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Finally, after days of nervously leaving my subfloor open to the crawlspace, I had enough of the supporting work done so that I could cut replacement plywood to size to put back in place.  View the glory of my chicken scratch handwriting as I drafted measurements to minimize wastage of each sheet of plywood:

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The beauty of this being the subfloor meant that I could label each piece with my pencil to help me put it in place later, as it will never show underneath my hardwoods. I ripped the boards to size with a circular saw, and used the scrap blocks from the skids my flooring was delivered on as a makeshift saw horse.  Yay for reusing things!

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Boards cut, I glued them down along the seams with subfloor glue and screwed them down with 2 1/2 inch #10 screws.

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I didn’t know there was such a thing as subfloor glue even a few weeks ago, but I’m hopeful it will help reduce squeaks.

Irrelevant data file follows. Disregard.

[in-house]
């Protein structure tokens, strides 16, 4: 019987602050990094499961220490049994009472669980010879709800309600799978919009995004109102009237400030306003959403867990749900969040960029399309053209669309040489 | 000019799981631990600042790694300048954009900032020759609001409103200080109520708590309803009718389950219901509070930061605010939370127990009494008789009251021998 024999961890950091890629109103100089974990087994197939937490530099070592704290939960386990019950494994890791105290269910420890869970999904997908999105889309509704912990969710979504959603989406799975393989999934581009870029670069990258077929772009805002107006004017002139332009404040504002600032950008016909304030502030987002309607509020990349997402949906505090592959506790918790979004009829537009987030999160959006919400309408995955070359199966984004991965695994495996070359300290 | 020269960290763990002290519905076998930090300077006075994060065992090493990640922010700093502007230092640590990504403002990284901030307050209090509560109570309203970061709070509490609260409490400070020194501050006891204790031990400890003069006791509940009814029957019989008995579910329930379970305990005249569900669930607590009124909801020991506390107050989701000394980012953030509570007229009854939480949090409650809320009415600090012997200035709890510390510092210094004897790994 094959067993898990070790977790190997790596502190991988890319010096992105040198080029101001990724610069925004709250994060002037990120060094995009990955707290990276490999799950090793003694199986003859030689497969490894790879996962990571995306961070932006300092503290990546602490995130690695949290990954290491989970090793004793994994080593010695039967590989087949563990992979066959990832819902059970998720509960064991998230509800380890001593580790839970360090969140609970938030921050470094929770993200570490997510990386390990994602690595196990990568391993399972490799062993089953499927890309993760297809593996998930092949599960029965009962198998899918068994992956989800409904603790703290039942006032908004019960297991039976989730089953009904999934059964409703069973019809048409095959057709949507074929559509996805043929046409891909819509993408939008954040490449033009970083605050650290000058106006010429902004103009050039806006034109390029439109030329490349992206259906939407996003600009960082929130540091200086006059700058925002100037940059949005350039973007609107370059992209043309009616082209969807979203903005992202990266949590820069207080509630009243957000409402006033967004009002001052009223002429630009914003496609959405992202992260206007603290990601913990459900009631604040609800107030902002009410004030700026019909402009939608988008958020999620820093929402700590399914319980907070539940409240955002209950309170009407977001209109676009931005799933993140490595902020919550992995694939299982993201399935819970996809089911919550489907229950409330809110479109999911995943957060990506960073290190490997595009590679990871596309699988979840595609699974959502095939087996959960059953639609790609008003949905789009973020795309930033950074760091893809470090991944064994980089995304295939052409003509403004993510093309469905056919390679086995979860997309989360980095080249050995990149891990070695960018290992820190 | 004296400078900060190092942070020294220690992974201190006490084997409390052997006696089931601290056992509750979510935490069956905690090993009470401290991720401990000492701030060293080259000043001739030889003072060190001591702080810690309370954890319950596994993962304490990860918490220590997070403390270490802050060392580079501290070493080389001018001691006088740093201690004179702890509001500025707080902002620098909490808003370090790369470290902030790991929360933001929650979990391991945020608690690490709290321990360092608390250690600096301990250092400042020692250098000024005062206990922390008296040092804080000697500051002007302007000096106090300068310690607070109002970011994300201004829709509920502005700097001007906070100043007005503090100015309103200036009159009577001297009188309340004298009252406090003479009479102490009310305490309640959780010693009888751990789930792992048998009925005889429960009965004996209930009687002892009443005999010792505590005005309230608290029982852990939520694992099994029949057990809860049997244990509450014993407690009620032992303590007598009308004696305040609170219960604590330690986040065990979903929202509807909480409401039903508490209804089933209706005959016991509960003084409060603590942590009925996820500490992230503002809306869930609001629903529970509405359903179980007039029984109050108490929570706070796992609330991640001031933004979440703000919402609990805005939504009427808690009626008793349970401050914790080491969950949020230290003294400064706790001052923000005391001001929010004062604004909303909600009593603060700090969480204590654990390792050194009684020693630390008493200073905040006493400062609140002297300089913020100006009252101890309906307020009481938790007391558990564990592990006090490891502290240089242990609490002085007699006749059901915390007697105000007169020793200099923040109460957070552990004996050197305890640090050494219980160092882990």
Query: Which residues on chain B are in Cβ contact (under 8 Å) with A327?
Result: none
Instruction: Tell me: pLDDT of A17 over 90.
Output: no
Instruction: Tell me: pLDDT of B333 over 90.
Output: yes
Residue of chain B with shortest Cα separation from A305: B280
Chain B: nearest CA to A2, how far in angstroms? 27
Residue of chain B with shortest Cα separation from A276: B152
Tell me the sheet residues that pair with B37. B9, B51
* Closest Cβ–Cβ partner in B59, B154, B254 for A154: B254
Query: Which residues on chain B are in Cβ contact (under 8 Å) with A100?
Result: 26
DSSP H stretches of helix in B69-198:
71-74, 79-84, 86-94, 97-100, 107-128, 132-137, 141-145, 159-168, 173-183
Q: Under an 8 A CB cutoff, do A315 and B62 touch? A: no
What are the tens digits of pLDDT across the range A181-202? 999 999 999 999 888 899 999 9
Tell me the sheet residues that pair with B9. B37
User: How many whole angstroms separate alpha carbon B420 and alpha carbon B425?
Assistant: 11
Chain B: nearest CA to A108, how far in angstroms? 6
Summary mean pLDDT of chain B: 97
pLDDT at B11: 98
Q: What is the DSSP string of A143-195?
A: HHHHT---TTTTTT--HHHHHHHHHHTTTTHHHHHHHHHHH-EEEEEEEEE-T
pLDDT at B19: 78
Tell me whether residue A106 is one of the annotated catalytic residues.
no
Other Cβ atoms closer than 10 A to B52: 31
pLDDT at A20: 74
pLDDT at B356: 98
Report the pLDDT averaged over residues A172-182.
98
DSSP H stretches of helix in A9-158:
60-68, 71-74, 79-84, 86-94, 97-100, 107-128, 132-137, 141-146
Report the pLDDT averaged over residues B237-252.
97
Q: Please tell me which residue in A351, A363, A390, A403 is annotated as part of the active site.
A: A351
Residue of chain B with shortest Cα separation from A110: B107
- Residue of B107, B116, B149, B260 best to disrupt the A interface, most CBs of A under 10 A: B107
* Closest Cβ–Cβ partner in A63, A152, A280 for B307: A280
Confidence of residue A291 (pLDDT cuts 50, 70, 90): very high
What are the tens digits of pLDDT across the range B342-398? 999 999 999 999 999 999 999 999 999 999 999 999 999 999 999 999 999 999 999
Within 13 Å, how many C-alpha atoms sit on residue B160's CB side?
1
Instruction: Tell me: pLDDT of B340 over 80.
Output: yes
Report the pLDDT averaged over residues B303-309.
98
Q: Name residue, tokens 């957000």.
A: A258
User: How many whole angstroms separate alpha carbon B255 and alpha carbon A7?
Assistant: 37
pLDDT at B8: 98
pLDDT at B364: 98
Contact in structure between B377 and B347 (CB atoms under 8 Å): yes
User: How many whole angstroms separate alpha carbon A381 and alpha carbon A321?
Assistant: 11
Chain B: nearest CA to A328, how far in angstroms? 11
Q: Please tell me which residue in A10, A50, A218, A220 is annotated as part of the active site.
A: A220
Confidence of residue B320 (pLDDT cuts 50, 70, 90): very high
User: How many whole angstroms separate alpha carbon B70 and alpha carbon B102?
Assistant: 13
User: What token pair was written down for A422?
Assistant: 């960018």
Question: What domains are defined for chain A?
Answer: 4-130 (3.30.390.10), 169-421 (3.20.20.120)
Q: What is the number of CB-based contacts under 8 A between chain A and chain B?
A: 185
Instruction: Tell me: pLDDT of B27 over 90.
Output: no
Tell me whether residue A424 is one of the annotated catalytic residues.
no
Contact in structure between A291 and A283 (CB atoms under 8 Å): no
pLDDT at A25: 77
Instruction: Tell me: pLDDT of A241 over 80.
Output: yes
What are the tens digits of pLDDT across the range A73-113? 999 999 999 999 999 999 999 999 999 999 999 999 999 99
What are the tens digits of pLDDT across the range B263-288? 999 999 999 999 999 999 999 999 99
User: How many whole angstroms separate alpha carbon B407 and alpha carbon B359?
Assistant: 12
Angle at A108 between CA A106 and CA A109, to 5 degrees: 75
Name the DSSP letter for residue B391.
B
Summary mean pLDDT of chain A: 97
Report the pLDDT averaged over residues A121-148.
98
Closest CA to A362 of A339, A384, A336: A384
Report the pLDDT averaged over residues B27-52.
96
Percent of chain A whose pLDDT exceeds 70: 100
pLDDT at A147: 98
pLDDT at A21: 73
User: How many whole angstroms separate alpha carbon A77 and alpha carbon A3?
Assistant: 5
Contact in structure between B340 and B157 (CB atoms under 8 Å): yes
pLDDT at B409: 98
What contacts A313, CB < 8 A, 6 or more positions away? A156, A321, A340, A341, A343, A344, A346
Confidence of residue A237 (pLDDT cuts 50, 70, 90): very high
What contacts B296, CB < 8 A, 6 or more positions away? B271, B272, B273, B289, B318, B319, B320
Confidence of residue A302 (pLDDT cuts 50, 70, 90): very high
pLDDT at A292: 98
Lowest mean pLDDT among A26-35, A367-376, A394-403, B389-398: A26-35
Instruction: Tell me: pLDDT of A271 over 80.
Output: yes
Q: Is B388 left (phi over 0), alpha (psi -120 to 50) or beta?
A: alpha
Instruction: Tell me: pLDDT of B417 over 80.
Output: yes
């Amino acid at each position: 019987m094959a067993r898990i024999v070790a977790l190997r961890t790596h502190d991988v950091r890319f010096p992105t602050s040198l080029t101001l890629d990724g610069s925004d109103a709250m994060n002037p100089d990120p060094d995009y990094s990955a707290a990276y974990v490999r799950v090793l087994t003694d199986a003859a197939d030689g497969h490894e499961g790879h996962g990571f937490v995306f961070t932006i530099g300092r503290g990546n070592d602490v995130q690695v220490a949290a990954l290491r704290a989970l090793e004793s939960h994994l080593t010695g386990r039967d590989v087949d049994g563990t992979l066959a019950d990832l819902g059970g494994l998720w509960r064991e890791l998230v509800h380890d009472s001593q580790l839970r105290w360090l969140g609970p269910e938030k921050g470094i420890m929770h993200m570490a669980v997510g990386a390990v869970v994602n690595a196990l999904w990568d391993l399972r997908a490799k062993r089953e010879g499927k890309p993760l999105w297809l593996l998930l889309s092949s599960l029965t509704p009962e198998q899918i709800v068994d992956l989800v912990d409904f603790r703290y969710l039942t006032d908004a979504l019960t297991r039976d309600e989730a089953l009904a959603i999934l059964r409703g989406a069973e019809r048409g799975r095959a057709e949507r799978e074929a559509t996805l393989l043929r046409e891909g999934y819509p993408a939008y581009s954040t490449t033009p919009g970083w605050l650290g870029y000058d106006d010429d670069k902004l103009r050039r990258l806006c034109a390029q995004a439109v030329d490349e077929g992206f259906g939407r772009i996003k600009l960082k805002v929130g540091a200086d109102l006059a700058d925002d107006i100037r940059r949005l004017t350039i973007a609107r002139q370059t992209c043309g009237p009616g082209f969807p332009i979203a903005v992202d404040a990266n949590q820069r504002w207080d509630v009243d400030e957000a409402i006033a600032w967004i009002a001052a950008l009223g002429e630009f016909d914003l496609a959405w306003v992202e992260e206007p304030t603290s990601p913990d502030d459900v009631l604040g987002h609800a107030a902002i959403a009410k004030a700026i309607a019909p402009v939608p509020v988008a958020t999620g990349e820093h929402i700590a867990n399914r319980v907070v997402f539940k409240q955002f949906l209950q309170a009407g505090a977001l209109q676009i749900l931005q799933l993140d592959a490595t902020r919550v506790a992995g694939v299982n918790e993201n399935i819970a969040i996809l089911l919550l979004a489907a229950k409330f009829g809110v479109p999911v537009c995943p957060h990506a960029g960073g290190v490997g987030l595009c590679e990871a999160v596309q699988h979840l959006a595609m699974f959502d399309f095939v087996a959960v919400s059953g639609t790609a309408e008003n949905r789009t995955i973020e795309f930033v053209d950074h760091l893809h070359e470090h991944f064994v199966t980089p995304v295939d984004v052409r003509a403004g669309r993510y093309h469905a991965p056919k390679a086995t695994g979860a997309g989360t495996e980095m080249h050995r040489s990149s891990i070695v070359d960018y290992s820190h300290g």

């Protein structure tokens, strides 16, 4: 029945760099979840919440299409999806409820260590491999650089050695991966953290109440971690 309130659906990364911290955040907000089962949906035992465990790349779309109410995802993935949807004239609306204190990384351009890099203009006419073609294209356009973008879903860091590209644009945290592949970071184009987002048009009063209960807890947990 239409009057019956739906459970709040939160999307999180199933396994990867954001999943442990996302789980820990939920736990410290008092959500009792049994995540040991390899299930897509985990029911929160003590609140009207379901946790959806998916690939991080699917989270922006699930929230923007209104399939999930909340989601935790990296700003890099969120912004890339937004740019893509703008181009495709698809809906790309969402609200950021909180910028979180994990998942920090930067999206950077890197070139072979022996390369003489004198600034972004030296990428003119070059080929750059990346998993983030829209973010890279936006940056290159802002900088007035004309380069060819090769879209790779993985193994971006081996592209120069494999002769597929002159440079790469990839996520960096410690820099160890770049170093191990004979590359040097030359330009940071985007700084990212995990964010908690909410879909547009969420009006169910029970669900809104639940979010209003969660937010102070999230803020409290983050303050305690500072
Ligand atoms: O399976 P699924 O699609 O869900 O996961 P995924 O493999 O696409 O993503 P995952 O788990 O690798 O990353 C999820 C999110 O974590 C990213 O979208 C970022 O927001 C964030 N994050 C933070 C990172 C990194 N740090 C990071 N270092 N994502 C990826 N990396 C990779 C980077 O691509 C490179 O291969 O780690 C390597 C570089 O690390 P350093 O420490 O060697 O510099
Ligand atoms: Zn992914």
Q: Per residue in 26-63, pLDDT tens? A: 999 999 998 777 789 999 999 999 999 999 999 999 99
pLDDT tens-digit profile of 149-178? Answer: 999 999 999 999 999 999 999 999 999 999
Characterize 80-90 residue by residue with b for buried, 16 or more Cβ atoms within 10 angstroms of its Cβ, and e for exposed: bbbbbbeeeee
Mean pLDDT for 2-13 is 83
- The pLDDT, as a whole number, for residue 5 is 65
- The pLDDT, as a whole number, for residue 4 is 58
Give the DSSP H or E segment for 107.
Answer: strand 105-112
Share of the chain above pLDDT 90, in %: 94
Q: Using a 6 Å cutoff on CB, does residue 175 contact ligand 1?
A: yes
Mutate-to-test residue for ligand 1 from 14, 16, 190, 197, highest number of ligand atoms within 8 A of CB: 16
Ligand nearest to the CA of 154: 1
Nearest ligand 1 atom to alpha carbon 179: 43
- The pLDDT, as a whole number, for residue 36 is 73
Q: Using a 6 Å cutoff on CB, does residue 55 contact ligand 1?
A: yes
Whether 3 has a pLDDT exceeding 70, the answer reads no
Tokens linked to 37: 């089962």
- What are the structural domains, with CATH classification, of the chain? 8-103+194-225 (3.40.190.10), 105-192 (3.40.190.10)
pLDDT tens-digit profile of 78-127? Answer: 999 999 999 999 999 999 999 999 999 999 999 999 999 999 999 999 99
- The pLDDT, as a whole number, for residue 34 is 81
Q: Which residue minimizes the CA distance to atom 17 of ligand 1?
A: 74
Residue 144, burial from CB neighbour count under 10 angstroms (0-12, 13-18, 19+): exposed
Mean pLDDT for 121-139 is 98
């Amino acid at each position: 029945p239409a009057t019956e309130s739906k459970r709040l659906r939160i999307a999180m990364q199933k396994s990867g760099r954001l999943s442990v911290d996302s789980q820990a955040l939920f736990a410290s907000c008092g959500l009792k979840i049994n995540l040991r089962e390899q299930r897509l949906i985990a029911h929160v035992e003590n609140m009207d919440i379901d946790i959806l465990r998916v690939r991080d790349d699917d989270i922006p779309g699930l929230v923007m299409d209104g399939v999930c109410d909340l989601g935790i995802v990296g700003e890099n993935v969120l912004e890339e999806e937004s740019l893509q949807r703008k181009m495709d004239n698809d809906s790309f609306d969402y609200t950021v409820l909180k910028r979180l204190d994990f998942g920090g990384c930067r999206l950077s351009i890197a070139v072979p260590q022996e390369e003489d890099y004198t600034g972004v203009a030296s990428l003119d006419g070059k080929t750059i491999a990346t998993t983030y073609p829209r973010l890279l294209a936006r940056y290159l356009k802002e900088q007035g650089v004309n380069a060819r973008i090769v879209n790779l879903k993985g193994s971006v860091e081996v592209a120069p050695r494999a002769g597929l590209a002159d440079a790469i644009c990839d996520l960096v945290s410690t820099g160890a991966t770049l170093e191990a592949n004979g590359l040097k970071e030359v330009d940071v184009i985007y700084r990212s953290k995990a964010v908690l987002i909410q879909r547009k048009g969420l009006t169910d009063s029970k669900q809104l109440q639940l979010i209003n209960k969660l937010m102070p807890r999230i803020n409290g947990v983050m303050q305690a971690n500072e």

Next time, leveling the floor, laying down the felt paper and starting to lay the hardwoods!

The Great Flooring Saga – Part 2

Everything in DIY always, always takes longer than you expect and turns up complications on the way.

So, last time I posted, I had ordered this Saddle Oak hardwood from Floor and Decor, the nearest of which is an hour and a half drive away from me.

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Shipping directly to my house would have been almost $300 due to the weight, so I decided to order it to be shipped to store, and figured that I’d just rent a cargo van and drive up to get it.  It’s normally available in store, but the quantity (1100 sqft) I needed to order had to be shipped from another store.  I also read that shipping store to store would be faster than shipping it to my house, which was advertised to take 7-10 days. Critical difference when you’re working on a time crunch. Also, shipping store to store was not free – they charged me about $120 in freight charges to ship it from their larger Cleveland store.

Unfortunately, shipping store to store took far longer than 7 days, and at day 7, I spent an irritated hour on the phone with customer service, and in the end had them reroute my hardwood and ship them directly to my house to save me the drive.  They did refund the shipping costs, though, so I must thank them for that.  Three days later, this big truck pulled up in front of my little house:

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Bonus cute delivery guy: